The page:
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The Hero Of Company G
by [?]

The flies and the sun! The sun and the flies! The two tents of the division ward in the hospital had been pitched end to end, thus turning them into one. The sun filtered through the cracks of the canvas; it poured in a broad, dancing, shifting column of gold through the open tent flap. The air was hot, not an endurable, dry heat, but a moist, sticky heat which drew an intolerable mist from the water standing in pools beneath the plain flooring of the tents. The flies had no barrier and they entered in noisome companies, to swarm, heavily buzzing, about the medicine spoons and the tumblers and crawl over the nostrils and mouths of the typhoid patients, too weak and stupid to brush them away. The other sick men would lift their feeble skeletons of hands against them; and a tall soldier who walked between the cots and was the sole nurse on duty, waved his palm-leaf fan at them and swore softly under his breath.

There were ten serious cases in the ward. The soldier was a raw man detailed only the day before and not used to nursing, being a blacksmith in civil life. An overworked surgeon had instructed him in the use of a thermometer; but he was much more confident of the success of his lesson than the instructed one. There was one case in particular bothered the nurse; he returned to the cot where this case lay more than once and eyed the gaunt figure which lay so quietly under the sheet, with a dejected attention. Once he laid his hand shyly on the sick man’s forehead, and when he took it away he strangled a desperate sort of sigh. Then he walked to the end of the tent and stared dismally down the camp street, flooded with sunshine. “Well, thank God, there’s Spruce!” said he. A man in a khaki uniform, carrying a bale of mosquito netting, was walking smartly through the glare. He stopped at the tent. “How goes it?” said he, cheerfully but in the lowest of tones. He was a short man and thin, but with a good color under his tan, and teeth gleaming at his smile, white as milk.

“Why, I’m kinder worried about Maxwell–“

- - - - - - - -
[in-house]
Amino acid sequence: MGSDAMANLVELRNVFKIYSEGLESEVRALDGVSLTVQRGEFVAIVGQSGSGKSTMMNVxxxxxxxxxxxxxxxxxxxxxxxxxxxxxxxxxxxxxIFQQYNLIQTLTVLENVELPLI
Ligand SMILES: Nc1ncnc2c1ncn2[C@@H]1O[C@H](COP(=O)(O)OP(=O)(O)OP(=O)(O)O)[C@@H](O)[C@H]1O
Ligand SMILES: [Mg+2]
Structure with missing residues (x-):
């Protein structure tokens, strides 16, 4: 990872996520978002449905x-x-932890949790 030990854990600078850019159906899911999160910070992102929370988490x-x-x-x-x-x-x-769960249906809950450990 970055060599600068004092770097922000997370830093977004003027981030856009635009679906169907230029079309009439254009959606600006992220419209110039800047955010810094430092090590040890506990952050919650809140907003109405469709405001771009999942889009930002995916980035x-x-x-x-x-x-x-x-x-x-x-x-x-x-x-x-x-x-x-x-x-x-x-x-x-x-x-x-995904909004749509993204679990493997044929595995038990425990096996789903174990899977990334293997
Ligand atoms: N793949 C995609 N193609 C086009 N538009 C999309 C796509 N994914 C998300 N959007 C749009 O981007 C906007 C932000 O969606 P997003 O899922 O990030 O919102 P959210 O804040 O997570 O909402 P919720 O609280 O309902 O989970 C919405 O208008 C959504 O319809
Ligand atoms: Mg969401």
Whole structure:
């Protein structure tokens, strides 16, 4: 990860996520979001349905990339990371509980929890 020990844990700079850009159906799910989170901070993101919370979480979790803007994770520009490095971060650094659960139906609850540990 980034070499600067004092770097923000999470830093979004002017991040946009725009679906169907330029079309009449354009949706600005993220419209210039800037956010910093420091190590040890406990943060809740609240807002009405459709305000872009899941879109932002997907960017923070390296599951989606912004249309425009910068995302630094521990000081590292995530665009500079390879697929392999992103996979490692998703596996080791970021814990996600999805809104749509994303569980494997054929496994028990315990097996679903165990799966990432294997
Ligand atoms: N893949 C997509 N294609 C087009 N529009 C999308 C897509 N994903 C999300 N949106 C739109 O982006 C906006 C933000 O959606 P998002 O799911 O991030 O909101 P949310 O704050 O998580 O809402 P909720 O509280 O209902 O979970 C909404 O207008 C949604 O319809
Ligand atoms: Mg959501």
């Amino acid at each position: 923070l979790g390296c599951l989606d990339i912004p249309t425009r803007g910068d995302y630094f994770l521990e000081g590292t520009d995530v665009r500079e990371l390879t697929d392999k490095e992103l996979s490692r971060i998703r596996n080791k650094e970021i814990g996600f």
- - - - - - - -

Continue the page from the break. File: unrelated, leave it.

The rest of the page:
Before he could finish his sentence, Spruce was at Maxwell’s cot. His face changed. “Git the hot-water bottle quick’s you can!” he muttered, “and git the screen–the one I made!” As he spoke he was dropping brandy into the corners of Maxwell’s mouth. The brandy trickled down the chin.

“He looks awful quiet, don’t he?” whispered the nurse with an awestruck glance.

“You git them things!” said Spruce, and he sent a flash of his eyes after his words, whereat the soldier shuffled out of the tent, returning first with the screen and last with the bottles. Then he watched Spruce’s rapid but silent movements. At last he ventured to breathe: “Say, he ain’t–he ain’t–he ain’t–?”

Spruce nodded. The other turned a kind of groan into a cough and wiped his face. Awkwardly he helped Spruce wherever there was the chance for a hand; and in a little while his bungling agitation reached the worker, who straightened up and turned a grim face on him.

“Was it me?” he whispered then. “For God’s sake, Spruce–I did everything the doctor told me, nigh’s I could remember. I didn’t disturb him, ’cause he ‘peared to be asleep. I–I never saw a man die before!”

“It ain’t no fault of yours,” said Spruce in the same low whisper. “I’m sorry for you. Did you give him the ice I got?”

“Yes, I did, Sergeant.”

“And was there enough for Green and Dick Danvers?”

“Yes, I kept it rolled up in flannel and newspapers. Say, I got a little more, Sergeant.”


“The doctors or some fellers had a tub of lemonade outside, a little bit further down. I chipped off a bit.”